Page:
DENVER — Regarding the United States’ and Russia’s recent agreement to changes in the protocol governing trade of poultry, beef and pork, the biggest gain for U.S. meat exporters is a near doubling of the country-specific tariff rate quota for U.S. pork.
Prior to this agreement, the quota had been 50,300 metric tons (110.9 million lbs) per year, but has now been increased to 100,000 mt (220.5 million lbs) for 2009. The trade protocol between the two countries has been in place since 2005, and the U.S. pork quota has never exceeded 55,000 mt during that time. The previous high was 54,800 mt – about 119 million lbs – during 2006.
Russia is attempting to grow its own pork industry, according to U.S.M.E.F. Economist Erin Daley. But it simply doesn’t have enough domestic pork production at this time to meet its growing needs.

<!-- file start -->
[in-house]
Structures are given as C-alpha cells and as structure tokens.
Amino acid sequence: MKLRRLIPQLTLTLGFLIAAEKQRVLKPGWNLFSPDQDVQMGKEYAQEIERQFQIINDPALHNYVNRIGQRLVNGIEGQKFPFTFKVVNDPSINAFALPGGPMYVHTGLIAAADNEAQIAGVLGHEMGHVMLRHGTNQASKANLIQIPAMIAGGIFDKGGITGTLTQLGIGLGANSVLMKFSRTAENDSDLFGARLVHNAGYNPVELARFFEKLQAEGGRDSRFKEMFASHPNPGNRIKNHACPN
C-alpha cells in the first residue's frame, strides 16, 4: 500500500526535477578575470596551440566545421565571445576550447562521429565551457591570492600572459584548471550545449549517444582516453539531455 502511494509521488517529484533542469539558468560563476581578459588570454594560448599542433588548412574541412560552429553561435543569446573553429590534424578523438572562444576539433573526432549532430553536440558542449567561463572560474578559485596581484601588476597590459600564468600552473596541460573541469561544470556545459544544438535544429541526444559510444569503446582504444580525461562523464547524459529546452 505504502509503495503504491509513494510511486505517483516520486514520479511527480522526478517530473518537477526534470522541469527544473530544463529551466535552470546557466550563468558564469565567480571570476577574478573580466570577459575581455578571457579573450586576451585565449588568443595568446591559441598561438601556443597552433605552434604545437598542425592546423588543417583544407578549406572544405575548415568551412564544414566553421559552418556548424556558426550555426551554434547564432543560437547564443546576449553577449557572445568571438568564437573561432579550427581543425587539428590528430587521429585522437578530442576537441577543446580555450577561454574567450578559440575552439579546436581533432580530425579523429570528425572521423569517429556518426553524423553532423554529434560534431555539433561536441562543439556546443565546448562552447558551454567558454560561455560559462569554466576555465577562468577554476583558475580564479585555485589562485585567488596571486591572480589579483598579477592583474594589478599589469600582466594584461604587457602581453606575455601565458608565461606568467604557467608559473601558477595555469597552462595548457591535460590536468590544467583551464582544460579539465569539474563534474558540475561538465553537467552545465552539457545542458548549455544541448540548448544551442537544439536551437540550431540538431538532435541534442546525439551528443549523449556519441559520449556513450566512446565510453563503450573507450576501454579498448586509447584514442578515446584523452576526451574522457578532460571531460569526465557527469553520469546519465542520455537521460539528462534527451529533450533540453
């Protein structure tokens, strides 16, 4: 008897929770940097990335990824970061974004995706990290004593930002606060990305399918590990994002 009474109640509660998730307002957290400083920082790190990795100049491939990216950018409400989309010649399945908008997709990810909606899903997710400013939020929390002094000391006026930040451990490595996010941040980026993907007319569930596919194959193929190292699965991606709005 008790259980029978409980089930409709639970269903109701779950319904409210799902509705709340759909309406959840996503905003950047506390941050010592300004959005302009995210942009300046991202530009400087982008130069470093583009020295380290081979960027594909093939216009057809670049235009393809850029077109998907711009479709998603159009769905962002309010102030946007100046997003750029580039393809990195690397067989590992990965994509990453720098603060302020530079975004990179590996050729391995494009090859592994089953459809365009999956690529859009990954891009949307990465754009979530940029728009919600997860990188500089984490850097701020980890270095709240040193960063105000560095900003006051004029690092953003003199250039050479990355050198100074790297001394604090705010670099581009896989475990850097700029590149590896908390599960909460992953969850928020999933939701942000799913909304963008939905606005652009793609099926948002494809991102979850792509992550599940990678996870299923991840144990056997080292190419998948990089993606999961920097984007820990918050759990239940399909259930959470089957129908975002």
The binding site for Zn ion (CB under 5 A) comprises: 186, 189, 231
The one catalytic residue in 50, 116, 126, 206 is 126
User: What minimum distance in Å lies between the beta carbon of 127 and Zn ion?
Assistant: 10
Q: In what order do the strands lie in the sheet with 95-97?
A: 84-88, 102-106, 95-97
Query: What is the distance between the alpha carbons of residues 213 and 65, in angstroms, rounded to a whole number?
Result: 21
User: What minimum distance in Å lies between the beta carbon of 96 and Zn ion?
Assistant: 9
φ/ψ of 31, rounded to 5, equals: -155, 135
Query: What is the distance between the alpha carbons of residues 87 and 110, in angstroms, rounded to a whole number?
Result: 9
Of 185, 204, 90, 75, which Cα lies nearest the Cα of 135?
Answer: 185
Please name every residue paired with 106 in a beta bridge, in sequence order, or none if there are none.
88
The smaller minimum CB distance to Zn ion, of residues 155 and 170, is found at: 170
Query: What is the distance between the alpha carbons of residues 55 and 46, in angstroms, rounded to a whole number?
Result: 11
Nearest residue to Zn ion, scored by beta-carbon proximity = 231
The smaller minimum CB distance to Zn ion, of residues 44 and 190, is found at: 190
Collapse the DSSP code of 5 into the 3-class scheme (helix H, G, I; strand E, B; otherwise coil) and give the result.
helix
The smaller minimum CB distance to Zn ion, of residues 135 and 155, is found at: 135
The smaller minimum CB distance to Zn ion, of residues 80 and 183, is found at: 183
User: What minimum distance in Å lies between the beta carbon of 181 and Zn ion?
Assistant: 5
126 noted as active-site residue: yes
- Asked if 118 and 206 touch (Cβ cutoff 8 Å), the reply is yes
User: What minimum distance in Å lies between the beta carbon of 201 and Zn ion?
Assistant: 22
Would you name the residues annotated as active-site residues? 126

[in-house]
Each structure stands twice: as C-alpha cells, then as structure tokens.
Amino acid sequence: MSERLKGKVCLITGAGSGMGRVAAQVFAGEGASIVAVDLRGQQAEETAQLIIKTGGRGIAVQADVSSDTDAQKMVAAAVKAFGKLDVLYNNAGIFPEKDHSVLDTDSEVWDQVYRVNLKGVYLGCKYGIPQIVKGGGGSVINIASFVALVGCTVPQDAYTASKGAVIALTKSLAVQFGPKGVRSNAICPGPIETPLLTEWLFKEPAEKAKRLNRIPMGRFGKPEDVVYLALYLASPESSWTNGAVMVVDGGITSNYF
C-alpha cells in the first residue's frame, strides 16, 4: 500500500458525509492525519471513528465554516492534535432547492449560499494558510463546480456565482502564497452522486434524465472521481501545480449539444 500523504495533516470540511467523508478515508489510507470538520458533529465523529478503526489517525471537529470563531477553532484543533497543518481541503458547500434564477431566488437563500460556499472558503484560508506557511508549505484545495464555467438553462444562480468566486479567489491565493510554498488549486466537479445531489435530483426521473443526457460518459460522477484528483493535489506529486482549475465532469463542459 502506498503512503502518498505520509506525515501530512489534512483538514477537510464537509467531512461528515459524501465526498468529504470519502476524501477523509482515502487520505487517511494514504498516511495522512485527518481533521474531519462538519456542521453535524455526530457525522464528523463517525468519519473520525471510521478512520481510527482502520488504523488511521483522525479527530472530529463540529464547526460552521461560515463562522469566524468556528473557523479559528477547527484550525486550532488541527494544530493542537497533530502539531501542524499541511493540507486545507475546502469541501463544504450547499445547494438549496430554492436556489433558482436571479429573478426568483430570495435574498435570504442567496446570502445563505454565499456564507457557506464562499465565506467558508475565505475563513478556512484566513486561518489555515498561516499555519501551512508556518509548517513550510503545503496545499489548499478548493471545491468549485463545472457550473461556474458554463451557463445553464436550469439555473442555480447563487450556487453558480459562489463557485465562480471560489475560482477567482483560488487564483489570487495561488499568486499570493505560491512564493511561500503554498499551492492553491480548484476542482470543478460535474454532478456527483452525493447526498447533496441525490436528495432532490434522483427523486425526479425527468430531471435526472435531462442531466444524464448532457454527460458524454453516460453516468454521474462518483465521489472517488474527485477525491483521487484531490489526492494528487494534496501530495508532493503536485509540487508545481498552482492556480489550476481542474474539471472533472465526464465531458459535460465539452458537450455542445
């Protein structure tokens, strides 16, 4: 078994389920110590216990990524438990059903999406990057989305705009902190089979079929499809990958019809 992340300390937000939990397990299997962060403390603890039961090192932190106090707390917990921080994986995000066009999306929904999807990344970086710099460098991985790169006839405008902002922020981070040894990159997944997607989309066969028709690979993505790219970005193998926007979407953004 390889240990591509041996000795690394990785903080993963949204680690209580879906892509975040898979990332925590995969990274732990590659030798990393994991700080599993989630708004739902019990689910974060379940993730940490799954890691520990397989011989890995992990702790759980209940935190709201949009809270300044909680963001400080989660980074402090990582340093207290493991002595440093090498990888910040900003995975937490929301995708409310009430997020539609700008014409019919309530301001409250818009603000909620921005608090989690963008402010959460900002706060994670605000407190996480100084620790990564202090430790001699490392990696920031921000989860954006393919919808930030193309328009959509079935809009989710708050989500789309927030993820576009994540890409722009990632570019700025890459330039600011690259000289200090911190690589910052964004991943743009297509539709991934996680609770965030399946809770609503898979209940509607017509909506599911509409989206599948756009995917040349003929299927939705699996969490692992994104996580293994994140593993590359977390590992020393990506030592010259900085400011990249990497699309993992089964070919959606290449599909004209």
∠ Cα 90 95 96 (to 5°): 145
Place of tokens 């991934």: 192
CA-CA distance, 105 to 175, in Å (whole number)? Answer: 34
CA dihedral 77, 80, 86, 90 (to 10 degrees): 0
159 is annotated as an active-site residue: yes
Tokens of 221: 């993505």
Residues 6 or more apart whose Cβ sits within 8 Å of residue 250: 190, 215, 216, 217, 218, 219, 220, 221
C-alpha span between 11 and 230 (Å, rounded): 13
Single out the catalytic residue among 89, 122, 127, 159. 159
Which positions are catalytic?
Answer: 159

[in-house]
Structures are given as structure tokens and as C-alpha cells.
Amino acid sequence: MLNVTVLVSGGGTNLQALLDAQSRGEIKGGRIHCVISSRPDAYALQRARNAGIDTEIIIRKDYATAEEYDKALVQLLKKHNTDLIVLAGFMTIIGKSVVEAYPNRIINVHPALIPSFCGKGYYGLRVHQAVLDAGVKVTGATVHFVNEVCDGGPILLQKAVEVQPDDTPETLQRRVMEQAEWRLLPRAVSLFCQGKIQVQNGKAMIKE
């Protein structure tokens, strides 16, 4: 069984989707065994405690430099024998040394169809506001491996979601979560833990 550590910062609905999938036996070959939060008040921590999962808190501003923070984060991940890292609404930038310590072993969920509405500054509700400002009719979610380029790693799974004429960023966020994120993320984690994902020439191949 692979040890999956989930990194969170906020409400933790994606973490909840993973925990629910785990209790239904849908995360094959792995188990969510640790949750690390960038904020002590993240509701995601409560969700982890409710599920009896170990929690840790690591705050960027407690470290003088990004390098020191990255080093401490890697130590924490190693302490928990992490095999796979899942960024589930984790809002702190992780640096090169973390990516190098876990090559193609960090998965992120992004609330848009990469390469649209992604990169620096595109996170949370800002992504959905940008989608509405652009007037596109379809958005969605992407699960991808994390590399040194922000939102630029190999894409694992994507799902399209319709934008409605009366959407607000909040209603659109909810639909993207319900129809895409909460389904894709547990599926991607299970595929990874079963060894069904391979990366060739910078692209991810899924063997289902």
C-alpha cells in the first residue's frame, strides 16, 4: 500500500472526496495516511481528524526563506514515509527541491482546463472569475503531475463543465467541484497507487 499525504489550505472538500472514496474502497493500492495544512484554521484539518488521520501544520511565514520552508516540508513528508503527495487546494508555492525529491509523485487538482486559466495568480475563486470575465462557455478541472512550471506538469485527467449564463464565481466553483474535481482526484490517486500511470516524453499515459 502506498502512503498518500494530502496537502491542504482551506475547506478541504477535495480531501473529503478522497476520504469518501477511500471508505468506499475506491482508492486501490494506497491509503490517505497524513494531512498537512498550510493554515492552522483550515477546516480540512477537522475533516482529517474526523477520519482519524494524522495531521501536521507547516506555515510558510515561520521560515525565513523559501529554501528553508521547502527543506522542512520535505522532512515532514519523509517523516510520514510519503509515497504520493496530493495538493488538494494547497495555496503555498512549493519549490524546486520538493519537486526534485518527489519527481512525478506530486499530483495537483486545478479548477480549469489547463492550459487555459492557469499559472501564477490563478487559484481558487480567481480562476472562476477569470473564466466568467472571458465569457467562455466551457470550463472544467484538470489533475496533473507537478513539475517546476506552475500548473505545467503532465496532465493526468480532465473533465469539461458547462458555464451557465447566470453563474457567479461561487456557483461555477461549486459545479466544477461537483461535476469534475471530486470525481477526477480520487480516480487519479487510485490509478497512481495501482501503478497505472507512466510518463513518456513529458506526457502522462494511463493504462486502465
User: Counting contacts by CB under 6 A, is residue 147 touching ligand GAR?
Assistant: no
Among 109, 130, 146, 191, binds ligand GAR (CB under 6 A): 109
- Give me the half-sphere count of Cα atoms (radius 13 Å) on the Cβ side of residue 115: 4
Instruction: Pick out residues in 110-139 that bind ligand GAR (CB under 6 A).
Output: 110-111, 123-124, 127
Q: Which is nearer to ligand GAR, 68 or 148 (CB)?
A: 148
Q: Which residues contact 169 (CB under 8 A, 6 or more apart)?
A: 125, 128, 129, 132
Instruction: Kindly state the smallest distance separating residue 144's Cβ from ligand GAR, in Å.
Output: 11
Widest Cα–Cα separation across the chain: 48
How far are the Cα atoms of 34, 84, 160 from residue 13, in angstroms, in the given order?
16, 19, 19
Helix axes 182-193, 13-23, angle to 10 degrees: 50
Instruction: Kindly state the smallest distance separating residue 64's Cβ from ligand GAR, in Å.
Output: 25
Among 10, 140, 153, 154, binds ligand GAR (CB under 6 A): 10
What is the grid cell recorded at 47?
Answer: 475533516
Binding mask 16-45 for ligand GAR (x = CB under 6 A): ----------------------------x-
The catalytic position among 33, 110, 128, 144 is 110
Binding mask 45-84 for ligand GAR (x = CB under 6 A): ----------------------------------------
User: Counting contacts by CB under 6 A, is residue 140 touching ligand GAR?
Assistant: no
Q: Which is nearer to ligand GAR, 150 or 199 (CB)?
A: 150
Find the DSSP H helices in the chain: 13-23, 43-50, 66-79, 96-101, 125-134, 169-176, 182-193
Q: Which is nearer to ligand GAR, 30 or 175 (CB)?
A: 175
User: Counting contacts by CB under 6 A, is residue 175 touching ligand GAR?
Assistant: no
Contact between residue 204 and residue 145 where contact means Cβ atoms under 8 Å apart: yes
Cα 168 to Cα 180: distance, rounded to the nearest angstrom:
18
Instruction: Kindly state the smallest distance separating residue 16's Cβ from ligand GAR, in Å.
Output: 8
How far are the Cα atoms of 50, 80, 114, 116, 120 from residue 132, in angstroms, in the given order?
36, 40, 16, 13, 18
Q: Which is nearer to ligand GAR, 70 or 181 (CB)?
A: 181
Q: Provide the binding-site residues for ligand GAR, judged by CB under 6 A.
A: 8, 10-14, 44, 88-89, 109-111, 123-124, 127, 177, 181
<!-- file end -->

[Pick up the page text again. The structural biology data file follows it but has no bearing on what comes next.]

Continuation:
Ms. Daley added this increase in the quota will help make U.S. pork more affordable to Russia. Pork entering Russia within the quota is only subject to a 15% duty, while the tariff rate for above-quota imports is increasing from 60% to 75%. The higher quota is especially important, because of a growing presence of U.S. pork in Russia.
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